Understanding the total cost of college – Newton Daily News
By Christine Hensley
Member of the Board of Directors of the Iowa Student Loan Liquidity Corporation
At the start of a new school year, you and your middle or high school student may be thinking about what will happen after high school. Before embarking on one of the most expensive journeys of their life, your student should understand the total cost of getting the education needed for a specific career.
why is it important
• The overall image is important.
Although your student will receive financial aid notifications before enrolling in college or a certificate program, these only indicate costs and aid for the first year. Making a final decision based on only a quarter or less of the necessary information is like agreeing to pay for a car knowing only the cost of tires and insurance.
• It’s time to plan for the unexpected.
Your student and family should understand the estimated financial situation for each year of a specific program. Each year, families of students after one, two or three years of university career realize that they do not have the necessary funds to complete their studies, forcing students to take one or more years off to make money, switch to less expensive programs or undertake crippling studies. debt.
What your student can do now
• Make a realistic estimate of the duration of the program.
Will your student be able to complete a chosen program in four years, or is five years more likely? If your student’s chosen path is a two-year degree or certificate program or, conversely, involves advanced degrees like a master’s or doctoral degree, then your student must make adjustments to adequately plan funding for the appropriate duration. . Your student may take longer or shorter than average depending on credits already earned, difficulty enrolling in high-demand courses, and other considerations. Encourage your student to do a web search for the common data set for each institution under study for average times to graduation.
• Consider real-life income, savings and expenses.
If your student has been earning money for a while or making purchases, they should have a good idea of how much of each paycheck goes to savings versus living expenses. Using this information, you and your student should be able to make a realistic estimate of what you can earn and save while focusing on education. Use this information to decide how to close the gap between the cost of participation and the resources available for each year of the program.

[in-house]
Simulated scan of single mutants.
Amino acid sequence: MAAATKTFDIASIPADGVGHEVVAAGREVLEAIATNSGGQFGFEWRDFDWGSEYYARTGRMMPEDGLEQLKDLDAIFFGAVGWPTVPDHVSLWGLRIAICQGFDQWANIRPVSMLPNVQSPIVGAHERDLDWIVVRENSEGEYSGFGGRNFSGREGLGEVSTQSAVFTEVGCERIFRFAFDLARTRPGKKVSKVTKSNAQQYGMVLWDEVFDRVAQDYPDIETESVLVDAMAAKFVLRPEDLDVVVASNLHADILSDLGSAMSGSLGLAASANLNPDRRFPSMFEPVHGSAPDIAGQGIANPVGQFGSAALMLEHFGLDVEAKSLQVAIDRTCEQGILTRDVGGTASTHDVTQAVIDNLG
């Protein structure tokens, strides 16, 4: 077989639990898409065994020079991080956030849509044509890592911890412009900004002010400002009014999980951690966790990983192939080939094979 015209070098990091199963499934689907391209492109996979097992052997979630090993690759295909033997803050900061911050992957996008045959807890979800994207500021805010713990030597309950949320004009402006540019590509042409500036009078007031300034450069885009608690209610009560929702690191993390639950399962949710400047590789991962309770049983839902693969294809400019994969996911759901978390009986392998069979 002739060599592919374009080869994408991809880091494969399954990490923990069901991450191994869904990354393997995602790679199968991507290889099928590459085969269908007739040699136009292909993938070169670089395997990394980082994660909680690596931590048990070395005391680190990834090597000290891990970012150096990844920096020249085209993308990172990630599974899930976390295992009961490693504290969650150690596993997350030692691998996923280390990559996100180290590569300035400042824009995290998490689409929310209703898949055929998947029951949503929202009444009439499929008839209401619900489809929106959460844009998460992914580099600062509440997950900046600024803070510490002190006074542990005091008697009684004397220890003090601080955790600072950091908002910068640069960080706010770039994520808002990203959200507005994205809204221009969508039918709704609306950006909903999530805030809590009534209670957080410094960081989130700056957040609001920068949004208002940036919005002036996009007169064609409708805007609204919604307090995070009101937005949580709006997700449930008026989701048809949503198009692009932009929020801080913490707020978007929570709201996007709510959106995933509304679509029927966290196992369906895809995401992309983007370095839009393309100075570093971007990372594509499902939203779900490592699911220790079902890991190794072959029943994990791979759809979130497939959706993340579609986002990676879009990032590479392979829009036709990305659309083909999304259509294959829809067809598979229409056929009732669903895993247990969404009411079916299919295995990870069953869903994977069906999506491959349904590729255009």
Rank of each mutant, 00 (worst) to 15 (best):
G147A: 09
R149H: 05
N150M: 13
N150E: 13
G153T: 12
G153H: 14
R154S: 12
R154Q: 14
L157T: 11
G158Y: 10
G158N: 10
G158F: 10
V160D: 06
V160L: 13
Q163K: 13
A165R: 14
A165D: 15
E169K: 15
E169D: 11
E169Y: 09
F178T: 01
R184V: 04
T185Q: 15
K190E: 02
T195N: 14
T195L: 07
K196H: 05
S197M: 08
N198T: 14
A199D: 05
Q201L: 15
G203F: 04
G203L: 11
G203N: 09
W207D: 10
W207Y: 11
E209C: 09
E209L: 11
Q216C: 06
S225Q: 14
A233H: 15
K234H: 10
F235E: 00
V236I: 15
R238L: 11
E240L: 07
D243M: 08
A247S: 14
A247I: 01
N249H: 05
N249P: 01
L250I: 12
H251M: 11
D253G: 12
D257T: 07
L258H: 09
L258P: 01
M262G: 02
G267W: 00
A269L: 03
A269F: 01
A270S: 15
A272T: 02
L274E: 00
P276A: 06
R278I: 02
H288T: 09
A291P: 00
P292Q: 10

What your student can do later
• Use a net price calculator.
The net price is the amount a student pays to attend an institution of higher learning during an academic year after scholarships and grants have been subtracted from the total cost of attending the school. Often referred to as “the bottom line,” students and their families need to determine how that amount will be paid, whether from savings, college savings accounts, work income, loans, or some combination. of all that.
• Make a financially wise decision.
Using the results of the exercises above, your student should be able to determine which programs make financial sense without unmanageable debt. A guideline is that the total debt for all years of a program should not exceed a realistic estimate of the first year’s salary.
• Continue to monitor progress.
As your student progresses through a higher education program, periodically check their current income and expenses as well as the time remaining to complete the program. These checks should help your student avoid some of the more serious consequences, such as being forced to drop out for financial reasons. As one-year or short-term scholarships expire, your student should look for ways to replace them with other funds other than loans.
what you can do
• Keep your feet on the ground.
Much of this type of financial planning relies on realistic estimates of actual expenses, income and buying habits, and starting salary after graduation. Help your student work with real numbers based on available data.
• Provide emotional support.
If your student’s dream seems financially unrealistic, be prepared to encourage them to consider other ways to achieve the goal. Even if the program your student ends up choosing isn’t the first choice, a positive attitude and willingness to seek out opportunities will often lead to success.
Did you find this useful? Sign up to receive more information
You can receive information tailored to your student’s grade level directly to your inbox twice a month by simply signing up for the Student Planning Pointers for Parents service at www.sp3.org.
This free service offered by ISL Education Lending is for parents of eighth through 12th graders to help them work with their students to prepare for what’s next after high school.
Registered parents also have the opportunity each month to enter quarterly sweepstakes for deposits into a college savings account.